Friday, July 22, 2022

New Combined Glomerular Diseases and Onco-Nephrology Fellowship at Northwell

Northwell Nephrology is offering both a traditional two year general nephrology fellowship as well as a new fellowship that includes a third year fellowship specializing in glomerular diseases and onconephrology. The traditional two year fellowship can be applied for through this link

A candidate for the Galdi Fellowship will have completed internal medicine residency training, a general nephrology fellowship and demonstrate the highest level of performance and scientific and clinical potential. Candidates for the Galdi Fellowship would be carefully vetted based upon academic and other indications suggesting that advanced training as a Galdi Fellow would enable their ability to become one of a select few international leaders in glomerular diseases and onco-nephrology. The Galdi Fellowship will last for one academic calendar (July through June) year.  A new fellow will be recruited each year.Training in glomerular kidney diseases is through the Northwell Nephrology Center for Glomerular Diseases directed by Drs. Kenar Jhaveri and Purva Sharma. The fellow will work in the Glomerular Disease Center and be exposed to all aspects of glomerular disease management including a rotation with Division of Rheumatology for extra training in SLE and ANCA vasculitis. The fellow will also have the opportunity to participate in ongoing clinical trials in glomerulonephritis at the Glomerular Disease Center. 

Onconephrology overlaps to an extent with glomerular diseases. Fellows gain experience both in the clinic and hospital with world renowned leaders Rimda Wanchoo and Kenar Jhaveri. Rotations will also include with hematology and oncology teams dealing with multiple myeloma, renal cell cancer and bone marrow transplant services. In addition, the fellow will have rotations with our nephropathologists as well.

 Currently we are accepting applications from current nephrology fellows or recent graduates for the Galdi Fellowship for start date of July 2023. In addition we are accepting applications from internal medicine residents for the general nephrology fellowship starting July, 2023 with a third year Galdi fellowship starting in July, 2025.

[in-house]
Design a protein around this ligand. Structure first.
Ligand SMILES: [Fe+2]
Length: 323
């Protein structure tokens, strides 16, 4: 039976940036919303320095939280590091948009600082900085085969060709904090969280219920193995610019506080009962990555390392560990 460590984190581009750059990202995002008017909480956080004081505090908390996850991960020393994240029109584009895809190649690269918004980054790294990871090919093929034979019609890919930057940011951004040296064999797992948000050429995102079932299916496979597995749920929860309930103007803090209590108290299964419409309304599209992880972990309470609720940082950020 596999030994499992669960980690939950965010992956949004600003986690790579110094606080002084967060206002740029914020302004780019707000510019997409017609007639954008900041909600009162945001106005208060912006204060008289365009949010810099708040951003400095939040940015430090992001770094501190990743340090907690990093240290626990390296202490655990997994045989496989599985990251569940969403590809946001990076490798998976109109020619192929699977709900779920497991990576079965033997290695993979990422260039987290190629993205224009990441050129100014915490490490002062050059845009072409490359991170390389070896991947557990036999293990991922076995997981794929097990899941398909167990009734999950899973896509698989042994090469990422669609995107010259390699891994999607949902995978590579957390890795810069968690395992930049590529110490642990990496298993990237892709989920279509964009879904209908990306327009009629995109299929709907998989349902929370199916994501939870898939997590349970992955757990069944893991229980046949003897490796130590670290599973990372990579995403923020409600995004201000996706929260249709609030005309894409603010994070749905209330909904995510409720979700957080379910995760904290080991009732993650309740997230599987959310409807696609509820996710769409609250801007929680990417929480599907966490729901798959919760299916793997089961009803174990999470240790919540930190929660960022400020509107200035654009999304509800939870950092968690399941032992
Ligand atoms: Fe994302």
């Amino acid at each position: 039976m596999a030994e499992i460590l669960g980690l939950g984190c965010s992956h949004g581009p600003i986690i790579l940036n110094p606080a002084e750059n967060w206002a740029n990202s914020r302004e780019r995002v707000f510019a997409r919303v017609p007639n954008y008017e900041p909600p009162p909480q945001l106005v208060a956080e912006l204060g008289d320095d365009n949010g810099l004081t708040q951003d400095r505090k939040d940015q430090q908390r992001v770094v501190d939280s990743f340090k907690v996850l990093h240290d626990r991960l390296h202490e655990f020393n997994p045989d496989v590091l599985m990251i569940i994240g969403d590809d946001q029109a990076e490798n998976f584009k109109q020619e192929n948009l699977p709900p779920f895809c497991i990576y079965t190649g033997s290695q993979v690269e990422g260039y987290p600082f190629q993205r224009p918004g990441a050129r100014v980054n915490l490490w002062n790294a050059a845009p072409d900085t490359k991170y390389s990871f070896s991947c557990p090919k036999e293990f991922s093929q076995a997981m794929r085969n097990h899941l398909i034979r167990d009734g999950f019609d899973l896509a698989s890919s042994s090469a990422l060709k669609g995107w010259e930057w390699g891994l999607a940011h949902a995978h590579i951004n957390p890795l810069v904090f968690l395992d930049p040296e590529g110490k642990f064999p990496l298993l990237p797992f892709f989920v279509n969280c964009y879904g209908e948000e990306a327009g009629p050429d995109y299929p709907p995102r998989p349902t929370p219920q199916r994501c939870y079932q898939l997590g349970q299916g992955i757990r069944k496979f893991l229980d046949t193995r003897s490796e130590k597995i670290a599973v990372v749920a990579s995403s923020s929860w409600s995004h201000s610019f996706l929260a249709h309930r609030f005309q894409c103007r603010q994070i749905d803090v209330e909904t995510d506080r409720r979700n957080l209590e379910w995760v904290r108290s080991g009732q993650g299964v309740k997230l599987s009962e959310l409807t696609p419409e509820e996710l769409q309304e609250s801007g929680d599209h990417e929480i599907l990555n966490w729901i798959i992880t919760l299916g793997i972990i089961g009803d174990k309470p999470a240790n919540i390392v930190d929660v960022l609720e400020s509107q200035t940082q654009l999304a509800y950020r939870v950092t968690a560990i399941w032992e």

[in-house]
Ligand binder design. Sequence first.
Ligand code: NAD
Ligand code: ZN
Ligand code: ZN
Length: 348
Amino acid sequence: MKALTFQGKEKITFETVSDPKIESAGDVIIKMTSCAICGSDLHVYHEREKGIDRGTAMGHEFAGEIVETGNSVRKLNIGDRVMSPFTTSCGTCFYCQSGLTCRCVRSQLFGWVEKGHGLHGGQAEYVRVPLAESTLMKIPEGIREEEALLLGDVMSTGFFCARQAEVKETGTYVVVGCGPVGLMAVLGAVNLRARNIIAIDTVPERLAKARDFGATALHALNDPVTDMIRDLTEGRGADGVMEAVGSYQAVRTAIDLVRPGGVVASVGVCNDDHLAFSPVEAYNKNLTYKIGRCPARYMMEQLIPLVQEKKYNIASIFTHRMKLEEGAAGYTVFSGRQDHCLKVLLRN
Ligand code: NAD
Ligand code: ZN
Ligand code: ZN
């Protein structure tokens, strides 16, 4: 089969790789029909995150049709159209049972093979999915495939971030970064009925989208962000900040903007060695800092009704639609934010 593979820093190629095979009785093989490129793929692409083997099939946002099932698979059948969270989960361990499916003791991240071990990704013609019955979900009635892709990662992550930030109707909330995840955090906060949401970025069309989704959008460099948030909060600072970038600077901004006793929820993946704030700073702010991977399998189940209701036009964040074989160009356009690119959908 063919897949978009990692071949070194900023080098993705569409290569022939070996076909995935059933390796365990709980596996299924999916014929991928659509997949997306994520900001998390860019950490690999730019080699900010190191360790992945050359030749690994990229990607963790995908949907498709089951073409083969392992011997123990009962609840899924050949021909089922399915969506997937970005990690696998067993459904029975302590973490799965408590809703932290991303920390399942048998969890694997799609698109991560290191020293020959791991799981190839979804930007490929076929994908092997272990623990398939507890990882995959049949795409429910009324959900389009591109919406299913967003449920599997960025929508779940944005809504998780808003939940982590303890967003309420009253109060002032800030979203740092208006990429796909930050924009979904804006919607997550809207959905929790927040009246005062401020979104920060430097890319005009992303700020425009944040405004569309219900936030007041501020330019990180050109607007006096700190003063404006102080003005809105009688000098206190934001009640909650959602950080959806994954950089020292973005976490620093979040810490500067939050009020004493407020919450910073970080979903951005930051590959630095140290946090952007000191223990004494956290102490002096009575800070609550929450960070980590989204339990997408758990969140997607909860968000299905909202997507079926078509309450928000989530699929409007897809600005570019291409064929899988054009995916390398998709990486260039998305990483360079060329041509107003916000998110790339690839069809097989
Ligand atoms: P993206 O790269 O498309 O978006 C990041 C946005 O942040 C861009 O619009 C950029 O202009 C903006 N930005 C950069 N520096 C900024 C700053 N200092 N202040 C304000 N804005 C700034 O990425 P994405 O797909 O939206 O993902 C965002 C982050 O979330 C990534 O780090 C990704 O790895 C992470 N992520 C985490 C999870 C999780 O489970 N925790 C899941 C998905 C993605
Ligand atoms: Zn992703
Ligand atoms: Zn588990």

For inquiries regarding the advanced fellowship program, please email Dr. Kenar Jhaveri at 

          Galdi fellowship website 

The application should include1.      CV of the applicant2.      Two recommendation letters (one must be from the Nephrology Program Director of Chief)3.      A Personal Statement on the reasons for joining this fellowship.

Sunday, July 17, 2022

Concept Map: Malaria and the Kidney


Created using
Credit to topic content to Dr. Mythri Shankar and Mala Sachdeva

Friday, July 8, 2022

Opinion- Renal Thrombotic Microangiopathy?- Should we be calling it Renal Limited Endothelial injury or Endothelial Injury of Renal Significance

Thrombotic Microangiopathy- what’s in a name?

This is a common conversation:

“ The kidney biopsy confirms TMA”.  Great- we should ask hematology to help treat..
Hematology—“ but there are no signs of microangiopathic hemolytic anemia.. no schistocytes on smear—no need to treat”

Another conversation

“ The kidney biopsy confirms TMA”.  But there are no micro thrombi on the kidney biopsy. This is likely from HTN—treat the HTN.  “ but the patient has a complement factor H mutation..”.. hmm..

The presentation of TMA can be as mild as HTN only, or AKI on CKD or HTN with CKD or nephritic syndrome or nephrotic syndrome or just nephrotic range proteinuria with AKI. The clinical presentation is very varied. I have seen it all.

The problem with TMA starts with the nomenclature.  Personally, I have a problem with a series of diseases in the kidney called TMA—some have angiopathy only, some have endotheliosis, some have both and some have additional microthrombi but at the end we call all of them TMA.

Most of TMA cases are without thrombosis, only rarely would you see true thrombi.  Frank thrombosis is more common in (catastrophic) APLAS associated TMA in the kidney.

Some TMA tends to be more glomerular  classically in pregnancy related, for example, with endothelial cell swelling = endotheliosis).  And some TMA tends to be more arterial (thrombotic angiopathy rather than microangiopathy). Or we might be catching them at various points in time. A continuous process..

 In my opinion, a better terminology of this entity should be Renal limited endothelial injury or endothelial injury of renal significance. Renal limited TMA without systemic findings is common-- very common than we think and we may be missing to treat as most likely don't get a renal biopsy. Systemic findings of MAHA or other endothelial injury are not required. In several cases- the injury is purely renal limited.  

The pathology is also variable and hence should be considered to be defined perhaps with what is noted on it. 

Endothelial injury with angiopathy
Endothelial injury with micro thrombi
Endothelial injury with endotheliosis predominant

The cause of the injury than can be defined better based on history of the patient and then divided into categories as per the syndromes of TMA or better called “endothelial injury”- such as ADAMTS13 mediated, complement mediated, Drug induced ( immune vs toxic), Shiga toxin mediated, metabolism mediated, coagulation mediated and so forth. This figure is from the classic NEJM article by George et al in 2014.

As we learn more about renal endothelial injury, perhaps a better practical terminology may be useful in defining the disease to help clinicians guide the treatment plan.

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